According to a recent news update from the Canadian business, the near bankruptcy of Home Capital Group Inc. was never handled by Ottawa well.
It seems like Canada needs to hear more from the authorities than just a mere simple statement. “The authorities behaved like it was 1996, the last time a Canadian financial institution failed. They said little in public, while reportedly doing all sorts of prudent things behind the scenes,” noted the business news.
Carolyn Wilkins, the No.2 at the Bank of Canada, in a press conference at June 8, finally states out all the reasons why a national housing meltdown is so remote.
“It’s quite tempting to draw parallels” with the U.S., Wilkins said. “Yet when understand what really led to the severity of the financial stress in the U.S., which actually went global in 2008 and 2009, it was related to a number of factors that are not present in Canada,” she said.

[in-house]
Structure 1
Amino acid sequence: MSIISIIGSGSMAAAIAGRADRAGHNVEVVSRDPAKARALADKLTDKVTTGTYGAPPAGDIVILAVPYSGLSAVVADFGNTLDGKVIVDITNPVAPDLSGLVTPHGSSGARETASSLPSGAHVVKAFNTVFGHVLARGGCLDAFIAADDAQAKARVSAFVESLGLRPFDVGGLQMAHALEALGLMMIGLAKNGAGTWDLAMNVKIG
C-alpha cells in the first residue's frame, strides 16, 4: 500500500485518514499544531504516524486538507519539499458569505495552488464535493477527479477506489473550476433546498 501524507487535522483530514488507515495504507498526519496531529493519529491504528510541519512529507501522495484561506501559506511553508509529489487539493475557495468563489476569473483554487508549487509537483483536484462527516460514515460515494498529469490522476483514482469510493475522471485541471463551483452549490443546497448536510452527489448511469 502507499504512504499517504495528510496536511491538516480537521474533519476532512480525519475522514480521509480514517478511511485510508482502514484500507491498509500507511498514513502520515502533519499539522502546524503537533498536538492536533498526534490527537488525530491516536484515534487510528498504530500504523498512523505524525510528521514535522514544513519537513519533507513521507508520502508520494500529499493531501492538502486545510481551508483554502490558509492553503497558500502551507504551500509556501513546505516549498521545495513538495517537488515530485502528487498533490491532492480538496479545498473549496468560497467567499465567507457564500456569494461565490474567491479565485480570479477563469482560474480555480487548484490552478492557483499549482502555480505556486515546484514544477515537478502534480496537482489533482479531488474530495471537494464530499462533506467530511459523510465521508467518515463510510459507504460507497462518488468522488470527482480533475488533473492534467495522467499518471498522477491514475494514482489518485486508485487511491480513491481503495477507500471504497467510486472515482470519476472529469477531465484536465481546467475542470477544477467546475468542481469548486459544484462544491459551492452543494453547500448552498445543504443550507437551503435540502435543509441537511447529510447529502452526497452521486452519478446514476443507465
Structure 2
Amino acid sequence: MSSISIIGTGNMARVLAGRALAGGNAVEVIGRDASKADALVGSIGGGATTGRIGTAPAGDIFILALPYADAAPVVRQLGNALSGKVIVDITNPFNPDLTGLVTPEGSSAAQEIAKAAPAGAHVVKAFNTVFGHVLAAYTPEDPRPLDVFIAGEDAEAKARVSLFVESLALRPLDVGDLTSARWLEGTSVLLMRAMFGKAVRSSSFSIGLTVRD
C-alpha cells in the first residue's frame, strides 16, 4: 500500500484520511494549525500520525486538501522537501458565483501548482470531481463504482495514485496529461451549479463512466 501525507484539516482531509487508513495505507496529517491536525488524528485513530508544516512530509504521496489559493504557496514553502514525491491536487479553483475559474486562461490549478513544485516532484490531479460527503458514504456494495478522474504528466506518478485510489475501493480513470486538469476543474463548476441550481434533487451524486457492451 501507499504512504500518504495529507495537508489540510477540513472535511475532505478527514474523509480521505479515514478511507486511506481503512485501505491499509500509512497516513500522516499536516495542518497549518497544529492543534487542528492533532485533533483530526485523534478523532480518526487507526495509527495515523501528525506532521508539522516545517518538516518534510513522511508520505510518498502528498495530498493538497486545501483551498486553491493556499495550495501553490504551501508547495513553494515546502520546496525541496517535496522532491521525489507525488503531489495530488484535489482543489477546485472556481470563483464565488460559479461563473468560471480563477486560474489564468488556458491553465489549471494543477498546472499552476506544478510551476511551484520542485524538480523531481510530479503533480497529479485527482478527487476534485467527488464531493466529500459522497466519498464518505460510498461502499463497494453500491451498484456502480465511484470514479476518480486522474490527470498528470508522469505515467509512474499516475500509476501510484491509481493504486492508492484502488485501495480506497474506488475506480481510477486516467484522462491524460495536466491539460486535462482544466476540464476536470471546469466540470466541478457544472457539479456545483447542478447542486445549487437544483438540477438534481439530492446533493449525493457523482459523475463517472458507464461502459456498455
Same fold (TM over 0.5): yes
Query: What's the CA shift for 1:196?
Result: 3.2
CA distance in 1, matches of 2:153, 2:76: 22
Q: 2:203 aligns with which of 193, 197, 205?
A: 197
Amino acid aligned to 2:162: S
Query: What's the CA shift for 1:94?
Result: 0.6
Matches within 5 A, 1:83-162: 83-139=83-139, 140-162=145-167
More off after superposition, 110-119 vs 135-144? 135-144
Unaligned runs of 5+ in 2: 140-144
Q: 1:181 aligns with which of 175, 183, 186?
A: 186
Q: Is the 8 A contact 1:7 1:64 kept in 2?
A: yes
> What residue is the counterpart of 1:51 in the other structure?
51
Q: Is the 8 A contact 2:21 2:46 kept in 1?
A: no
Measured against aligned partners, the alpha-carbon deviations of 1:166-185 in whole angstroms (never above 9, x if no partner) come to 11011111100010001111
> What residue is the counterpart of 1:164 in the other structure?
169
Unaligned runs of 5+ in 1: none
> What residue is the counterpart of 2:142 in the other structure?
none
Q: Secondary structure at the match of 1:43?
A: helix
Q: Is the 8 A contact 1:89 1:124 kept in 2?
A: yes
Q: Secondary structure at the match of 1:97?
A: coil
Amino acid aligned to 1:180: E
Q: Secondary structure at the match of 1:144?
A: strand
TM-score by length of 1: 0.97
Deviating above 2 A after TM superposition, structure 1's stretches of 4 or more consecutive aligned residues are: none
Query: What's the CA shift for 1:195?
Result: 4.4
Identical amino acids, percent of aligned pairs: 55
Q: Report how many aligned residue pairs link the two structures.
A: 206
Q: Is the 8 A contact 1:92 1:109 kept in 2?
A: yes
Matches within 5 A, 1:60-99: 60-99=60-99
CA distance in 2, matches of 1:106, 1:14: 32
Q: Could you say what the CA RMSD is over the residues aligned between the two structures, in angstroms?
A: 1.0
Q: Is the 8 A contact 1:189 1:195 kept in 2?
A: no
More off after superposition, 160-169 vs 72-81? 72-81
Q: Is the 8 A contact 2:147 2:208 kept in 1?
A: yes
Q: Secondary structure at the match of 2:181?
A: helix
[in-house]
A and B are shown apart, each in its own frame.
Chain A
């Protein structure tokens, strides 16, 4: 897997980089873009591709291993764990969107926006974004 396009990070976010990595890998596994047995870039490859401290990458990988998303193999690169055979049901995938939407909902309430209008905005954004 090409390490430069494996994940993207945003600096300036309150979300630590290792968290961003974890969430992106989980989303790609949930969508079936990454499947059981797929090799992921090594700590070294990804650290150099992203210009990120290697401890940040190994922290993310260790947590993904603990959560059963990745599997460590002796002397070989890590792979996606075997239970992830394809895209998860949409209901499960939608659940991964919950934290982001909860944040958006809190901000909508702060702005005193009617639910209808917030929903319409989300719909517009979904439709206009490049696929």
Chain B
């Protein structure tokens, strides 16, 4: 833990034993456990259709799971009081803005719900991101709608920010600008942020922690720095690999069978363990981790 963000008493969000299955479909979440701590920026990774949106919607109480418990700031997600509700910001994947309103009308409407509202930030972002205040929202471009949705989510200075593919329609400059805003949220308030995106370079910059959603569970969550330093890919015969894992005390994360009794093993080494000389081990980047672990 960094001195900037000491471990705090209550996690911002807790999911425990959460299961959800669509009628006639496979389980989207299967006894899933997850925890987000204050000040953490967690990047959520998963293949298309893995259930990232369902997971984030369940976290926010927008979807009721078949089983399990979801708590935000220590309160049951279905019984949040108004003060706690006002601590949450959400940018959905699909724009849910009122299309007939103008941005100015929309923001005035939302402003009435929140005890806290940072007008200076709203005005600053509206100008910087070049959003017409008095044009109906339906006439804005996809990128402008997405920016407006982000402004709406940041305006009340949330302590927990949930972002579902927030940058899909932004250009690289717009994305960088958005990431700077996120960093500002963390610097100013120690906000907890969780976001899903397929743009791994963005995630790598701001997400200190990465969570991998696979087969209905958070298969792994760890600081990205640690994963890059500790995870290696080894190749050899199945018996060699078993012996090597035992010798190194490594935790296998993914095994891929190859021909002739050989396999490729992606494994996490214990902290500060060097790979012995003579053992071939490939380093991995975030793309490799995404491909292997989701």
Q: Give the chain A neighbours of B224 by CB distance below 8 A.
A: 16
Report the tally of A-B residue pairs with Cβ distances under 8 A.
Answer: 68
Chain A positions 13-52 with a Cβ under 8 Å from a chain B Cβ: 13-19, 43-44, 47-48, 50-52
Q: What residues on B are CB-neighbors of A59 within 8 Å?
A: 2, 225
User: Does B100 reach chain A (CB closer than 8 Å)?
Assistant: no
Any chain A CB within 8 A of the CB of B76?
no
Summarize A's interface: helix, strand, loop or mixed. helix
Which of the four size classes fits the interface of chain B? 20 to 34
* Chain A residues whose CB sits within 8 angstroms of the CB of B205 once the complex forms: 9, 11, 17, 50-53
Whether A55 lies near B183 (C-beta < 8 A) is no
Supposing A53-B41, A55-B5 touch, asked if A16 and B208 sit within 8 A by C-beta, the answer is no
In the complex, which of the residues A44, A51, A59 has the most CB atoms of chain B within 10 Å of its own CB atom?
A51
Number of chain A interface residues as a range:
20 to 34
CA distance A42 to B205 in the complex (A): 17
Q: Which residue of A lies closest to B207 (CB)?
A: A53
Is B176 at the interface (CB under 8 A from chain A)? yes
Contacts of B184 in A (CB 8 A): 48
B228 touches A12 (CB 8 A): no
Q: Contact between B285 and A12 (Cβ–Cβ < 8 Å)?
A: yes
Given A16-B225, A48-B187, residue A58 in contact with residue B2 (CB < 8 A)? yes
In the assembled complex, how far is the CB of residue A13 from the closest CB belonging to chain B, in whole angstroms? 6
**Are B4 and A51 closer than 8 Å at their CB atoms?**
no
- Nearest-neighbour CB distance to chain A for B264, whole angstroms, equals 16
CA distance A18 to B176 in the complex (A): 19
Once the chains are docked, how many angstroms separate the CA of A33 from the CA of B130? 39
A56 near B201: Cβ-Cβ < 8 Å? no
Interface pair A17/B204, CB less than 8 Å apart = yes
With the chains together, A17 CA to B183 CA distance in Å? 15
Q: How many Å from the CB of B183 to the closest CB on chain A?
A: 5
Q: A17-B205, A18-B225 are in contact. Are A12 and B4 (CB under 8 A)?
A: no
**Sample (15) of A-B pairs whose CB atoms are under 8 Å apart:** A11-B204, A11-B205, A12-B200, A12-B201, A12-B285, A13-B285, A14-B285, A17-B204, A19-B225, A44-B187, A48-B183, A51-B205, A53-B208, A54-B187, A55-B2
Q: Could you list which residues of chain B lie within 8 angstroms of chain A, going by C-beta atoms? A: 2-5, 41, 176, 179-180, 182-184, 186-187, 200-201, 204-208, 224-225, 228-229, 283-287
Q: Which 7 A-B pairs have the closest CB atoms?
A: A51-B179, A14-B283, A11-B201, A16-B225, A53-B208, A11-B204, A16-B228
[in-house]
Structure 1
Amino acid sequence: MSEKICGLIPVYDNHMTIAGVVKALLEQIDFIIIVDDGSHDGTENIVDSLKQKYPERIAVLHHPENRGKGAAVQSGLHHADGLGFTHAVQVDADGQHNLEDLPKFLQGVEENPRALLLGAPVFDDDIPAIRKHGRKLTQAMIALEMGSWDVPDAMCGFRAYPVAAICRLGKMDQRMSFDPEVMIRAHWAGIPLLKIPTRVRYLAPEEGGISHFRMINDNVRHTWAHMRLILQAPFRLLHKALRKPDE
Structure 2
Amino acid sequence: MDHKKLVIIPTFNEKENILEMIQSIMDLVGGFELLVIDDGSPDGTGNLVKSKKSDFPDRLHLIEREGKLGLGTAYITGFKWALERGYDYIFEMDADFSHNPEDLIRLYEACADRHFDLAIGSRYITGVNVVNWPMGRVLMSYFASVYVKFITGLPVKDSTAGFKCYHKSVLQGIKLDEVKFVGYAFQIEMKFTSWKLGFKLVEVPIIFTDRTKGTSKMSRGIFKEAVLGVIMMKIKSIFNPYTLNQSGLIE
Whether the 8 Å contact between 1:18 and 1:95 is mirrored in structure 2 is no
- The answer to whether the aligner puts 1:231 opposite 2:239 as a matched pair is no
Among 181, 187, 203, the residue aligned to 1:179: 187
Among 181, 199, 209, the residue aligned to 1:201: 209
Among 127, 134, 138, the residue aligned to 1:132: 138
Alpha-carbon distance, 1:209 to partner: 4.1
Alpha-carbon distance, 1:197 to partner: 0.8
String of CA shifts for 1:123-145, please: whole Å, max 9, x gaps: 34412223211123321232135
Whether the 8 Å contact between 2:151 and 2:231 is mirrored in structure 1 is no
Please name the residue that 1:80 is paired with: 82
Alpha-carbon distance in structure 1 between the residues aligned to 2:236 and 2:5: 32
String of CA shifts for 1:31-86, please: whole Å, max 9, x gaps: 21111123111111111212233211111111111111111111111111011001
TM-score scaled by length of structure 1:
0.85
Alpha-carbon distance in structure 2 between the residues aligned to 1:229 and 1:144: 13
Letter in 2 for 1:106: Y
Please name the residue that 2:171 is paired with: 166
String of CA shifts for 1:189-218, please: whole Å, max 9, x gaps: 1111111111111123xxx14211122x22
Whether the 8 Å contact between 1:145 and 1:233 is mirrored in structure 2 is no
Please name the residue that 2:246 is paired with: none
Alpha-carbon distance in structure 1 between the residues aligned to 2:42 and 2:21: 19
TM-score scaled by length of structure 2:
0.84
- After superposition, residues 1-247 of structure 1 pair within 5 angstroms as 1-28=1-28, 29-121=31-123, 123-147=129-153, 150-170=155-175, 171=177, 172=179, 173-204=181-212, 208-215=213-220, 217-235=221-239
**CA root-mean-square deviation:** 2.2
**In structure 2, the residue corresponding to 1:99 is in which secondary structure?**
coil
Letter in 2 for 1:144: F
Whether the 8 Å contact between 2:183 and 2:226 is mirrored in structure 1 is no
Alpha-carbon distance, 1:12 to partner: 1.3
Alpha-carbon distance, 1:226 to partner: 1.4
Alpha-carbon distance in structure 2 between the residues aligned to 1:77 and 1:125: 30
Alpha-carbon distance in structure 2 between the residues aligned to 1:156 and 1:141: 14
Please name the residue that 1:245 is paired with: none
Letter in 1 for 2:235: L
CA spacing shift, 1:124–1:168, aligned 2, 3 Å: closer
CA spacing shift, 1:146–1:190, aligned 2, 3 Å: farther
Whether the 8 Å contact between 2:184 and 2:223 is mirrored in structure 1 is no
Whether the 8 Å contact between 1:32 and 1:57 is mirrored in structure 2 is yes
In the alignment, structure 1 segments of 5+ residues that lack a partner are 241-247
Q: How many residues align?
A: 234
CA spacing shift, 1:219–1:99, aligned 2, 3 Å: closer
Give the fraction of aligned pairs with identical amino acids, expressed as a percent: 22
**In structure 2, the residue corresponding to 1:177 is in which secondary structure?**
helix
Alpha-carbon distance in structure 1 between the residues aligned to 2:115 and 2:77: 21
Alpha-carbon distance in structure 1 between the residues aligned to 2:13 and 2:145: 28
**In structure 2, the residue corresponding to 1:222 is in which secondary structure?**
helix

But apparently, none of what Wilkins said was enough revelations, thought it needed repetition.
The list of factors that make Canada different from the U.S. in 2006 and 2007 is long. “These factors: American lenders were giving money to anyone, whereas Canadians must do much more to prove they can afford their payments; delinquency rates in Canada are extremely low; and Canadian laws punish anyone who tries to walk away from a loan, meaning “households have a greater incentive to hang on,” Wilkins said. “We have much less securitization, it’s public and it’s plain Jane.”
The reason for the press conference was for the release of the Bank of Canada’s twice-a-year Financial System Review [FSR]. A readable document that the Central bank uses to wave down weak spots in the circulation of cash and credit.
But concerns by Canada’s chief economic stewards about dept. and home prices in the greater Toronto and Vancouver area. They are afraid that housing prices in these areas could downturn because values long ago broke their tether with fundamentals. Yet, if that came to pass, the central bank thinks the damage would be regional and not national.